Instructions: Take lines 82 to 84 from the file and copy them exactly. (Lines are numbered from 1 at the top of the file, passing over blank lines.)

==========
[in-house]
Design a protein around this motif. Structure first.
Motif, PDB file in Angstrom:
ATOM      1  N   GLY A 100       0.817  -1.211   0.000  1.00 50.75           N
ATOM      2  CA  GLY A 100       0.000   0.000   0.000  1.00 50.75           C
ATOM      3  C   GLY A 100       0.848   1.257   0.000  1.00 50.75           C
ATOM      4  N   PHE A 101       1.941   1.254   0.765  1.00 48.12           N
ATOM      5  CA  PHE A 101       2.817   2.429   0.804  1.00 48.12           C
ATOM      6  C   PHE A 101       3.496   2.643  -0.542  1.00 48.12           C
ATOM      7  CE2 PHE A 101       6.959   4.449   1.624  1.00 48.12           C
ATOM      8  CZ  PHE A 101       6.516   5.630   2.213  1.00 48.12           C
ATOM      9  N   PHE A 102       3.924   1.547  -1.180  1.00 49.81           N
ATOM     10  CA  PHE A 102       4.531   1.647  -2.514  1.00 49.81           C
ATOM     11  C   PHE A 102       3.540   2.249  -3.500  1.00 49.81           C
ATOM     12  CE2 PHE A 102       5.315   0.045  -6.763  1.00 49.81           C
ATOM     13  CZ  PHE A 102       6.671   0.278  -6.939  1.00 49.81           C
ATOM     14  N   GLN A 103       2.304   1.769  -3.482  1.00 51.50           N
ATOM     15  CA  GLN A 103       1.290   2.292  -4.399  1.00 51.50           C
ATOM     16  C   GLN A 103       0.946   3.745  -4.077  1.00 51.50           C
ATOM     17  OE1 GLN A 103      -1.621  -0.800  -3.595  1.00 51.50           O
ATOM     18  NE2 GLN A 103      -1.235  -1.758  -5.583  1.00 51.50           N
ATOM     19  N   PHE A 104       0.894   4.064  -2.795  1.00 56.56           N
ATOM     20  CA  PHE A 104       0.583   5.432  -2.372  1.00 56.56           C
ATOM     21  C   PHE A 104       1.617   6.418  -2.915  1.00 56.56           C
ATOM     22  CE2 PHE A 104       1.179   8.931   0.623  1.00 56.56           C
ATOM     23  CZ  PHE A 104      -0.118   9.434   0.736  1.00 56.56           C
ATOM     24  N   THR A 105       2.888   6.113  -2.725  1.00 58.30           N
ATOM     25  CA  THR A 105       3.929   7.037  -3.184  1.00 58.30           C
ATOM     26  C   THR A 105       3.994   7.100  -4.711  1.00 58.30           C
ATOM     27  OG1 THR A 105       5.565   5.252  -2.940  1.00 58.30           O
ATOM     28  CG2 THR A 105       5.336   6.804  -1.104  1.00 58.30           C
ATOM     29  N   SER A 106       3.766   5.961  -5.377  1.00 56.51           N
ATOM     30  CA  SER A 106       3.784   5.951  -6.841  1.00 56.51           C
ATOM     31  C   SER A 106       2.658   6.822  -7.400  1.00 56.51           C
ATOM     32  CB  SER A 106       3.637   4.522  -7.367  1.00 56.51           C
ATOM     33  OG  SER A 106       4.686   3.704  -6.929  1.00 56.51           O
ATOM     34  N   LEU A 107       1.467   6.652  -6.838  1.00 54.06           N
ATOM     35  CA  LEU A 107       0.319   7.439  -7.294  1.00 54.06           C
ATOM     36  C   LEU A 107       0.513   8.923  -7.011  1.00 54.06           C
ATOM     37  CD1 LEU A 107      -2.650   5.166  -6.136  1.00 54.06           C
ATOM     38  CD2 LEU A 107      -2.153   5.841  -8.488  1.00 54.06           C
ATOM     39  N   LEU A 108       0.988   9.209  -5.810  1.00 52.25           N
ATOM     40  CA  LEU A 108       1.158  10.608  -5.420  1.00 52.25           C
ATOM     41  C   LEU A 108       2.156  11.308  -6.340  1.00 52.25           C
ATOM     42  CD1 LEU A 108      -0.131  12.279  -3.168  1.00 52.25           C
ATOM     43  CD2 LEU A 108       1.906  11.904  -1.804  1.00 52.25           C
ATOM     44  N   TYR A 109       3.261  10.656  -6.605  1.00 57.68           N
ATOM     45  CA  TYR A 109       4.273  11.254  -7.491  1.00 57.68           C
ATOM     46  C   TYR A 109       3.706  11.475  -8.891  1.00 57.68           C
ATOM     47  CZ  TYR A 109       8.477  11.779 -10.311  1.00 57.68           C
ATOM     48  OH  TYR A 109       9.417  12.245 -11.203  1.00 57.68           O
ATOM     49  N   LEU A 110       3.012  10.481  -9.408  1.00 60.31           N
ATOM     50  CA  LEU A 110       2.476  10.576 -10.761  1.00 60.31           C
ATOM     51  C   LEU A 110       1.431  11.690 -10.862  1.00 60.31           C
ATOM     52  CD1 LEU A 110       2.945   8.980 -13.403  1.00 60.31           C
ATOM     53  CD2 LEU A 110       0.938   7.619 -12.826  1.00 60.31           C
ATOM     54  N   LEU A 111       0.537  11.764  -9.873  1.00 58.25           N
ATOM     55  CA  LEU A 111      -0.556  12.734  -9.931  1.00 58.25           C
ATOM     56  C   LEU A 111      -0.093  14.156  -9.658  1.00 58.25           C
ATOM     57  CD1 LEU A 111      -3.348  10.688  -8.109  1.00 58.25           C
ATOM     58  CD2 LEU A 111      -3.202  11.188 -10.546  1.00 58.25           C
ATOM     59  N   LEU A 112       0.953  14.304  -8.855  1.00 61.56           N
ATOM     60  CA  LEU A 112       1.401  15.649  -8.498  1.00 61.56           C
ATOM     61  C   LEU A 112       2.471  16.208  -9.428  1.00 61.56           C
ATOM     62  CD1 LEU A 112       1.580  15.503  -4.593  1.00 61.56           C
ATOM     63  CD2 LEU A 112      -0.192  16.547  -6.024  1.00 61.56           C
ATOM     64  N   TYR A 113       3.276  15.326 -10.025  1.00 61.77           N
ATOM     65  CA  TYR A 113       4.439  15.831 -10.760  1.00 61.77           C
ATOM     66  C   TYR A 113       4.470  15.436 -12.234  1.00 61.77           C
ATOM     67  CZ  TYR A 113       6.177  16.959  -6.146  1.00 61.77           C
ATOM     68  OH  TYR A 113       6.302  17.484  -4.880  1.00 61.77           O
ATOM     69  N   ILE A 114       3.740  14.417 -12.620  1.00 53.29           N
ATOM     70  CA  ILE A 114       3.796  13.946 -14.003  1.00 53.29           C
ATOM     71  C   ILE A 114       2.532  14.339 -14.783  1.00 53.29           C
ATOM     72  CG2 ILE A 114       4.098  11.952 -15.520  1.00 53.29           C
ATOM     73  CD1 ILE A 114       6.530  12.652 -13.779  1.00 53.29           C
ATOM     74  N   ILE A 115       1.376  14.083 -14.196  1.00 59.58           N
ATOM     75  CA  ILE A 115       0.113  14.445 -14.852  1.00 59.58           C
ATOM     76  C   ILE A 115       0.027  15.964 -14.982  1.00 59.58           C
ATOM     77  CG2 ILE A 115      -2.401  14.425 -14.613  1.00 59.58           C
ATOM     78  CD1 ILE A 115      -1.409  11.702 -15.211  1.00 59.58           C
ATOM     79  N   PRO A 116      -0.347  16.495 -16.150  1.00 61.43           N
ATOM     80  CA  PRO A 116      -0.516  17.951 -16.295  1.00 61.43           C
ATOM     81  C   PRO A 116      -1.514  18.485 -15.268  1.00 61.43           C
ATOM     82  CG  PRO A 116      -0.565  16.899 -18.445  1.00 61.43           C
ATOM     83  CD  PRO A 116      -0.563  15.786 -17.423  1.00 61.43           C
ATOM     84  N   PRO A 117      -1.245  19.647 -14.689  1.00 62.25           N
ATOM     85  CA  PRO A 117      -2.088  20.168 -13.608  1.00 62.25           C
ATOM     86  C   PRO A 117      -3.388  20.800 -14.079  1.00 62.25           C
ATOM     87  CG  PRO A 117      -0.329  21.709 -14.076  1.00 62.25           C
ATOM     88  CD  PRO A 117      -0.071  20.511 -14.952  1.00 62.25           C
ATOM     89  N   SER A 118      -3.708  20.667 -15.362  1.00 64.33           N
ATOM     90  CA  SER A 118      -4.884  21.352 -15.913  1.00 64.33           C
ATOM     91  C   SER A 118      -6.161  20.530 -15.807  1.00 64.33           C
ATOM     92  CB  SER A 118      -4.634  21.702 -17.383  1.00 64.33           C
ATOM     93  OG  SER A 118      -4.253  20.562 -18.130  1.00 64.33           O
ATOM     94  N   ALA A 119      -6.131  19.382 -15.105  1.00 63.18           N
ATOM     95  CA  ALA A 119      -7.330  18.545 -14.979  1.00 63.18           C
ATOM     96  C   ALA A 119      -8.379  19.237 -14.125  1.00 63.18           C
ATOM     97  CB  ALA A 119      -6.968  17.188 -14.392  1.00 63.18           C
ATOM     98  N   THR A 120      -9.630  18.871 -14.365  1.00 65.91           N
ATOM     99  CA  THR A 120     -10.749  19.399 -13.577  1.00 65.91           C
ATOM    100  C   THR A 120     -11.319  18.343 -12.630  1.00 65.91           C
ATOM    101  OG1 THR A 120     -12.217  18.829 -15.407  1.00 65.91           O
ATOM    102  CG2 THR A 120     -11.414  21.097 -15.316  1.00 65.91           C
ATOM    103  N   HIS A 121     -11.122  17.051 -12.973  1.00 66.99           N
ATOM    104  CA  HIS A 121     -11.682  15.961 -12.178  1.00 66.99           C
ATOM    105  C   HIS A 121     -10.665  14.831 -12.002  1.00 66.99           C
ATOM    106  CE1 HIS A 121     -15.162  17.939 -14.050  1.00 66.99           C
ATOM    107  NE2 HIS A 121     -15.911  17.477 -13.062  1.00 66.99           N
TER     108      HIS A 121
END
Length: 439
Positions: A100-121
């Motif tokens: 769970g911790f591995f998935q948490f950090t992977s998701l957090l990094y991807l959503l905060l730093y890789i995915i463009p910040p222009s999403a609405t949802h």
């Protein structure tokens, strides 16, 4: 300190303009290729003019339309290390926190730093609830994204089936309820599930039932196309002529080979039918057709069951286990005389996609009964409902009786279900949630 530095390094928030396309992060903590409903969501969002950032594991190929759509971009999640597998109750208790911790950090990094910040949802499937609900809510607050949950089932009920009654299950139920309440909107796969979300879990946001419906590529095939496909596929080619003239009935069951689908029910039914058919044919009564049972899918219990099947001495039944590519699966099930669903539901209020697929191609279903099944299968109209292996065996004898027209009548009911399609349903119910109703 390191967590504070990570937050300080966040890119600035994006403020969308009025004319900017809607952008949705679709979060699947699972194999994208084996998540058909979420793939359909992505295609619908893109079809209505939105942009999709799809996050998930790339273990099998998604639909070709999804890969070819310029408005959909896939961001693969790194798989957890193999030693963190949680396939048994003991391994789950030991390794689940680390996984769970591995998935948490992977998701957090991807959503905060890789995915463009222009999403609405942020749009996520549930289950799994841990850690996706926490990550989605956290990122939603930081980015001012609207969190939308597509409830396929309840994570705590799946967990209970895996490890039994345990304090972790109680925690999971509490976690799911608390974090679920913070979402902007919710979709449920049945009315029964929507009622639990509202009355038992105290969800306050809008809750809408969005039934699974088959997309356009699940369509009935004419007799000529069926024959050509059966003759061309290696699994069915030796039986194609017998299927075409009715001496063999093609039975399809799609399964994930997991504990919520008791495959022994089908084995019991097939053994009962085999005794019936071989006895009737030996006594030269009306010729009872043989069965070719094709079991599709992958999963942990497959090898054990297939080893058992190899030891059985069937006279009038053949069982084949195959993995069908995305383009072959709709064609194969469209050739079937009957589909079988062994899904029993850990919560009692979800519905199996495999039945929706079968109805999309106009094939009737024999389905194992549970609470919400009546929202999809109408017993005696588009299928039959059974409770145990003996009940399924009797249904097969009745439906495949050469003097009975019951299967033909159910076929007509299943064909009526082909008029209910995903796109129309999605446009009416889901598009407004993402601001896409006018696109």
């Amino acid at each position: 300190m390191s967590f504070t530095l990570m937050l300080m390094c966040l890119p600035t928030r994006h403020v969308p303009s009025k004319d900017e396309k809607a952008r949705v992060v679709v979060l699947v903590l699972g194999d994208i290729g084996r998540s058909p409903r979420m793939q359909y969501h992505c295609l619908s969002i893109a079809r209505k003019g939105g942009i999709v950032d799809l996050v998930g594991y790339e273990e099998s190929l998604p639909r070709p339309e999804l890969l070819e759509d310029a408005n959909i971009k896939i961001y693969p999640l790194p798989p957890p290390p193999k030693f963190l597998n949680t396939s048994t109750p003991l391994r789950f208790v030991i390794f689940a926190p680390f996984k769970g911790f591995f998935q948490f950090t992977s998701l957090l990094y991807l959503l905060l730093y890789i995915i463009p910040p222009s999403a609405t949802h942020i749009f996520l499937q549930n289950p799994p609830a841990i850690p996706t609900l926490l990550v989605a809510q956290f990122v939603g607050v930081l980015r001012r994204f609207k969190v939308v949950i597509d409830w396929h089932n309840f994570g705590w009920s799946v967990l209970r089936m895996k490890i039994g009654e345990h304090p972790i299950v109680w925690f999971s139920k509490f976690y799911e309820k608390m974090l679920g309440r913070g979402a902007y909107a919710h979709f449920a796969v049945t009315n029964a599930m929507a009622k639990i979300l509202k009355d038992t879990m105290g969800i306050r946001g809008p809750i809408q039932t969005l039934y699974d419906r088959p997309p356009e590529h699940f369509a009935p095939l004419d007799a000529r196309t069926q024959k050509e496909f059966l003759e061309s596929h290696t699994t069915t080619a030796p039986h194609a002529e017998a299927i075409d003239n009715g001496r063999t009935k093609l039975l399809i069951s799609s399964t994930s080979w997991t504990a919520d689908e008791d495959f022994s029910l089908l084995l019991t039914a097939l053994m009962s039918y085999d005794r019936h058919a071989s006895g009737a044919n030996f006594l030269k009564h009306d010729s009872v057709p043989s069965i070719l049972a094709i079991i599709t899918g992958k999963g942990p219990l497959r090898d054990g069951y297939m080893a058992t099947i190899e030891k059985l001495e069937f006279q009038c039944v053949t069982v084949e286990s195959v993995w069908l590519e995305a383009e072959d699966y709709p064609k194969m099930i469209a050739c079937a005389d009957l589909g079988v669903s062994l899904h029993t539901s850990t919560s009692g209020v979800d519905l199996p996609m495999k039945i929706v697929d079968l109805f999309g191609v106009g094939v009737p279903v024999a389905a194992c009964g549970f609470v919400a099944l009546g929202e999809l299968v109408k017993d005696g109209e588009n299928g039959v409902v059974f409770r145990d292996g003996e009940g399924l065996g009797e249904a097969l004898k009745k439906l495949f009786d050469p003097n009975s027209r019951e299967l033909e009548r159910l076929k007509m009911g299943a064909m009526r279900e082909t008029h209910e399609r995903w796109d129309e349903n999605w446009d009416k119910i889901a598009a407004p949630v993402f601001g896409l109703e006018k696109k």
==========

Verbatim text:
ATOM     79  N   PRO A 116      -0.347  16.495 -16.150  1.00 61.43           N
ATOM     80  CA  PRO A 116      -0.516  17.951 -16.295  1.00 61.43           C
ATOM     81  C   PRO A 116      -1.514  18.485 -15.268  1.00 61.43           C